If you work on Capitol Hill, you likely heard of Blaise Pascal somewhere along the way, most likely in a college course where he was dismissed as one of those “old white guys” who created the oppressive monster better known as “Western Civilization.”
But, as philosopher Kenneth Samples explains on Reflections, Pascal was not only a philosopher and a passionate follower of Jesus Christ, he was also a technological genius and a “Renaissance Man” of the first order.
“His creative technological experimentation resulted in the invention of the syringe and the hydraulic press, and in the development of the first public transportation system in Europe,” Samples writes.
Maybe now you will think of Pascal the next time you get a flu shot, or drive a car (much of which is stamped out of metal by modern hydraulic presses), or ride the Metro or the H Street Trolley. He took critical first steps towards making those blessings possible.
But those aren’t Pascal’s most notable creation. Thanks to 17th century France’s cumbersome tax system, calculating what was due from each citizen was a complicated, confusing, thankless task.
“Pascal became convinced that if a clock could calculate the hour, then a machine could also successfully perform mathematical calculations. He then proceeded to invent a mechanical adding device that was, essentially, the first digital calculator,” according to Samples.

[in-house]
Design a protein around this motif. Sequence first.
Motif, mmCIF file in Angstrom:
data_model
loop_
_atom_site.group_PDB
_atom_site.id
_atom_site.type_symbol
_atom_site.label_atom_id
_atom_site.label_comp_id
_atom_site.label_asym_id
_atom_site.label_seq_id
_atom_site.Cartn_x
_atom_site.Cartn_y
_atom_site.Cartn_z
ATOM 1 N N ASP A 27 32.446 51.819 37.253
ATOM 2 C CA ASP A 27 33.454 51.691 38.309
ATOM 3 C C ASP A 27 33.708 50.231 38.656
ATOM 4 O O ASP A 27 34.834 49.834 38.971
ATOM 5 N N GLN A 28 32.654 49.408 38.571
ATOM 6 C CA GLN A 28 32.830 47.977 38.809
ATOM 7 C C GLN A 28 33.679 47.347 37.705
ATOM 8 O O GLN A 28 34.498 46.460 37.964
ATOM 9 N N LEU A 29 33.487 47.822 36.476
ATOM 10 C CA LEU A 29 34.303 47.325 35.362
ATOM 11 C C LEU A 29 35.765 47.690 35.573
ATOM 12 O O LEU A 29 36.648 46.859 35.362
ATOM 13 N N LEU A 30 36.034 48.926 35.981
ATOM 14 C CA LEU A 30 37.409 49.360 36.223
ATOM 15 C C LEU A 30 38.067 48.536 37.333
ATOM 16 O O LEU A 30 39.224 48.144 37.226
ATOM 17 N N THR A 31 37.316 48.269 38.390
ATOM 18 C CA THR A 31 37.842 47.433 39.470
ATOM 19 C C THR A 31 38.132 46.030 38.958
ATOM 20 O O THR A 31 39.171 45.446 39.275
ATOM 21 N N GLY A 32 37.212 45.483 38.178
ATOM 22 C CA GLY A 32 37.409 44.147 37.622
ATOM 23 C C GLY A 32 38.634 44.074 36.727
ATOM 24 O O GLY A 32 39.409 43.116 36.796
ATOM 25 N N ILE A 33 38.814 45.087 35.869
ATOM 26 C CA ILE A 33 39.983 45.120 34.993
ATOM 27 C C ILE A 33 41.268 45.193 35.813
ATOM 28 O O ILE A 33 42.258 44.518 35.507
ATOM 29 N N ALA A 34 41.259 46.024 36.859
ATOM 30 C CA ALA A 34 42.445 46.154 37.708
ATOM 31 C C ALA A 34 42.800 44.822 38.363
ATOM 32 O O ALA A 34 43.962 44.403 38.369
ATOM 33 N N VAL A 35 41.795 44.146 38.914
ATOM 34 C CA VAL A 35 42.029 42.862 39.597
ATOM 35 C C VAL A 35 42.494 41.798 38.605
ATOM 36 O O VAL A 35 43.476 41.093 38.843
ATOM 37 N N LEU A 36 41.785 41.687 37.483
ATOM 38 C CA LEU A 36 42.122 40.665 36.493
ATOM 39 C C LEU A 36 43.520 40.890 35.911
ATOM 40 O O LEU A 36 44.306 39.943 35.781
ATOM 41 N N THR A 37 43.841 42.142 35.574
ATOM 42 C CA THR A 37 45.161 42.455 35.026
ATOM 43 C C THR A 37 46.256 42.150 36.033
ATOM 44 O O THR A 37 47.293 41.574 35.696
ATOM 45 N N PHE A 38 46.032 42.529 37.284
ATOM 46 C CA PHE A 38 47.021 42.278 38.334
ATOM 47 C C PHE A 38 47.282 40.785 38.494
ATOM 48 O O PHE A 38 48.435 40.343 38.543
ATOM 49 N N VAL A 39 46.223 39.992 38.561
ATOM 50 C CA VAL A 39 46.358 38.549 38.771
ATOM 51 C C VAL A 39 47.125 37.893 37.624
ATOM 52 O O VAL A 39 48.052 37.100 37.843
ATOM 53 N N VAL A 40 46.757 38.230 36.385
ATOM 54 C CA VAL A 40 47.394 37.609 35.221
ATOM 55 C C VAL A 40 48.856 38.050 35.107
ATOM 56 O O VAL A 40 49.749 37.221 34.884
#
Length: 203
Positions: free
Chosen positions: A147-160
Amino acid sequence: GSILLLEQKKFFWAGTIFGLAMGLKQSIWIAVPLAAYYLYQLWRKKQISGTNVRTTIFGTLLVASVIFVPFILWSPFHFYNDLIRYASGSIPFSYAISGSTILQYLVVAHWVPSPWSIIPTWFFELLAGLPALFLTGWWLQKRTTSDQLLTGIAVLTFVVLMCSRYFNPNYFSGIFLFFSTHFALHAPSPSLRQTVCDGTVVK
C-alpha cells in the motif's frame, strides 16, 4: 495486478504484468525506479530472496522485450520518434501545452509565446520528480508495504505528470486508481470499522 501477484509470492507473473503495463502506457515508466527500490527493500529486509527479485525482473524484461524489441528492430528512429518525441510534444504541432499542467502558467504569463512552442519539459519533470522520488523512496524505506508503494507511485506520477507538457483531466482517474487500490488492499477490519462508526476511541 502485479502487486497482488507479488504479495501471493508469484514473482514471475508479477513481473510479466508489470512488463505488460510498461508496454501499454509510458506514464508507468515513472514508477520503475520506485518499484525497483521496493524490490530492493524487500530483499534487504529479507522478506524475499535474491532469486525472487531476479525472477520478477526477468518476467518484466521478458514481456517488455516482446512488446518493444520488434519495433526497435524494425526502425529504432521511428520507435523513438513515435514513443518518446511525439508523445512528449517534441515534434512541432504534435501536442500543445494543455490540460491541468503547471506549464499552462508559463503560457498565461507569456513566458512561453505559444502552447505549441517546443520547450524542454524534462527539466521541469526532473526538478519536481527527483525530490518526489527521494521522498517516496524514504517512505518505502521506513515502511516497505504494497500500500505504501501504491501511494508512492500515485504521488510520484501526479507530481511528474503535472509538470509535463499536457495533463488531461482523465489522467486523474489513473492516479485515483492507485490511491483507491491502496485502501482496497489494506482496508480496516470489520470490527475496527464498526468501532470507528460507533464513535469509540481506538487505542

“Without Pascal’s first digital calculator, it’s doubtful the Mac Air laptop on which this post is being composed would have ever become possible.”
Without Pascal’s first digital calculator, it’s doubtful the Mac Air laptop on which this post is being composed would have ever become possible. It’s not coincidental that a computer programming language is named after Pascal.
What does this have to do with working on Capitol Hill today, more than four centuries later? Ask yourself this: Would America’s quality of life be better or worse if, instead of denigrating or ignoring people like Pascal, our public education system encouraged and facilitated students’ studying how he believed and thought, and why?
Imagine what a 2019 version of Pascal might create!
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